Farmers Market Shopping List For August

Brooke Newberry
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Cruising through the local farmers market is a great way to visually map what’s in season. Talk to the farmers.  Ask them when [insert favorite fruit or veggie here] will be ready, why that particular item is or is not available yet, if the beloved produce is having a good year so far, etc.  Wait for the third or fourth week that your chosen item is in season to catch lower market prices.  Shopping at farmers markets is the best way to avoid food grown from afar.  Shipped-in produce will contain more pesticides and chemicals on their skins due to methods used for preservation during transport.

Usually considered a relaxing month with folks’ summer vacays in swing, August can be one of the best months of the year for peeping at late summer/early fall produce gems.  August also marks the start of the harvest fury for some farmers while others are taking a break from summer crop gatherings.

Below is a general list of August friendly produce specific to North America.  Pick out a few favorites from the list and get ‘em at their prime.  Also find what’s in season specific to your state with this awesome interactive guide.



  • Apricots
  • Avocados
  • Blackberries
  • Cherries
  • Limes
  • Melons
  • Nectarines
  • Peaches
  • Pears
  • Plums
  • Raspberries
  • Strawberries



  • Bell Peppers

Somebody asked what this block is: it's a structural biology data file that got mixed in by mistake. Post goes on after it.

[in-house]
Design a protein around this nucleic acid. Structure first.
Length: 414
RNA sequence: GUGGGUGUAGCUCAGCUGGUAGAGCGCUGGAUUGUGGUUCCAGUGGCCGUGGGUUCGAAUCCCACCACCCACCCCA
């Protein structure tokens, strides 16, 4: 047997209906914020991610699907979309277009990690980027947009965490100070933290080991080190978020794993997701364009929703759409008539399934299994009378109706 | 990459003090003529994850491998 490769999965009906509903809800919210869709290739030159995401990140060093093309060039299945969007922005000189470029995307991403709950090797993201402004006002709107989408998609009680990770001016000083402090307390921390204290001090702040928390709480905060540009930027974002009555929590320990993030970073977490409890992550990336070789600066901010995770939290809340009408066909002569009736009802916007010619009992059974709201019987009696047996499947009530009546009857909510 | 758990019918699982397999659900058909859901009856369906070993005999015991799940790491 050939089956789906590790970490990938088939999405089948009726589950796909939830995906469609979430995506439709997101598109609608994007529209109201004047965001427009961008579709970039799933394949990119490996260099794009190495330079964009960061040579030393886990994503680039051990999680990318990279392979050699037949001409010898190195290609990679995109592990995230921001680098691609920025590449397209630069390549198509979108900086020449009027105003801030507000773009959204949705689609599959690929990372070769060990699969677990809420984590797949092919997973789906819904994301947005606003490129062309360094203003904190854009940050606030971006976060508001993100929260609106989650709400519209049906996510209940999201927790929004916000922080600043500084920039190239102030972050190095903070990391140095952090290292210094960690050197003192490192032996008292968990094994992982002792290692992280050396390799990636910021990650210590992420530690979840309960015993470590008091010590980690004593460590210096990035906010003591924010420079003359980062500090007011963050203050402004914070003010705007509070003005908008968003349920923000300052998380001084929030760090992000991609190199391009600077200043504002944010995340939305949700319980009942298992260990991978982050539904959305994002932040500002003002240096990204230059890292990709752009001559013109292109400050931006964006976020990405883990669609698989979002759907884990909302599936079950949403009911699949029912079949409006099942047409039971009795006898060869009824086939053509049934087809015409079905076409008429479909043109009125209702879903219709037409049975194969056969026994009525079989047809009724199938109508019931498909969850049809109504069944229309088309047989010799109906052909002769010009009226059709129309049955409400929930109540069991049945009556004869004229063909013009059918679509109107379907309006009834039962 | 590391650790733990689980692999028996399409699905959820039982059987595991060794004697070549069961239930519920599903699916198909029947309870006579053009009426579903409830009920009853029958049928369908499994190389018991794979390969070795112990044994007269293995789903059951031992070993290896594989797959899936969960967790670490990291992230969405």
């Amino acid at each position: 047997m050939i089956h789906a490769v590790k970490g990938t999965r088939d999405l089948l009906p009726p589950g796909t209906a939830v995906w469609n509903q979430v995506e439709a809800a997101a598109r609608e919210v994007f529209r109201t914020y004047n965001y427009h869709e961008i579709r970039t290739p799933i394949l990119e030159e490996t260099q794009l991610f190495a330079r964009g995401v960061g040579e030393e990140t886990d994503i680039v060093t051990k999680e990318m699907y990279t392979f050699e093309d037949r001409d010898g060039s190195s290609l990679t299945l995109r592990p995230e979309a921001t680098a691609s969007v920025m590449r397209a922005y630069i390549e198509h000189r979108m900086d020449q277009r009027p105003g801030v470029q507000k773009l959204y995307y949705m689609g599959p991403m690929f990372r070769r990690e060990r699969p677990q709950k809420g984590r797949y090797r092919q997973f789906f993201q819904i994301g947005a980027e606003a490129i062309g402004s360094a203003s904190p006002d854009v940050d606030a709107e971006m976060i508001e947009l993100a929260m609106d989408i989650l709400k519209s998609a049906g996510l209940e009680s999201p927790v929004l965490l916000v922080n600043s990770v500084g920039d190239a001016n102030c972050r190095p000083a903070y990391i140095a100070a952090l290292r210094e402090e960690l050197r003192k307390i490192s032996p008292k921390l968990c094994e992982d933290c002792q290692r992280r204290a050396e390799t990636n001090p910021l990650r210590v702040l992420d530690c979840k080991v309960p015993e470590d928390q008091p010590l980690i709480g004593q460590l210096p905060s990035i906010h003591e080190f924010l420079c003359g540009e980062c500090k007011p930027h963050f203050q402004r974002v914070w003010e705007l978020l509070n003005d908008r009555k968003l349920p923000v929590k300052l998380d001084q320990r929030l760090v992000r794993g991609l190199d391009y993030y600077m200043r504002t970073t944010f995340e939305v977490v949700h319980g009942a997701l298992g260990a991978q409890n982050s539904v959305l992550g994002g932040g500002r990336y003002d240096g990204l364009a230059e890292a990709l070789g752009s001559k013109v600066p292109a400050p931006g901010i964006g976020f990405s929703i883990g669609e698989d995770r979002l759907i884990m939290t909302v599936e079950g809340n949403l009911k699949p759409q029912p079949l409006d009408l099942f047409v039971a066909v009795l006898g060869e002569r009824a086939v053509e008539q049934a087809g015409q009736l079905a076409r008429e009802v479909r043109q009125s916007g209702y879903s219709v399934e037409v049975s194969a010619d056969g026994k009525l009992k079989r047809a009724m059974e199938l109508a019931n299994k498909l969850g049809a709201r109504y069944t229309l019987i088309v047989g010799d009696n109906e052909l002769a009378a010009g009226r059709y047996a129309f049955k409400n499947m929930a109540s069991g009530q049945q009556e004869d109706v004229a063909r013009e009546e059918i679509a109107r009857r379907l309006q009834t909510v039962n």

• Chard
  • Eggplant
  • Fennel
  • Green beans
  • Okra
  • Onion
  • Potatoes
  • Radishes
  • Summer squash
  • Sweet corn
  • Tomatoes


Picking the Right (or Ripe) Produce:

Farmers will often offer fruits and vegetables in various stages of ripeness.  Price marked produce will be offered already ripe or will be on their merry way the following two days after purchase.  By contrast, supermarket selections are usually harvested before they are completely ripened to buffer those extra days of transport.  Ask when the fruit was picked – the fresher the better.  The seller’s answer will reveal if they are the farmer that grew and picked the produce or if there was a middleman involved.  Also, try not to manhandle the darlings. Remember: the more produce you touch, the more you are expected to buy.  Farmers’ market fruit (especially organic)  bruises more easily than store bought fruit.  Go ahead and smell the stem to check if a fruit is ripe – it’s not rude.  The stronger the scent, the more ripe the fruit.

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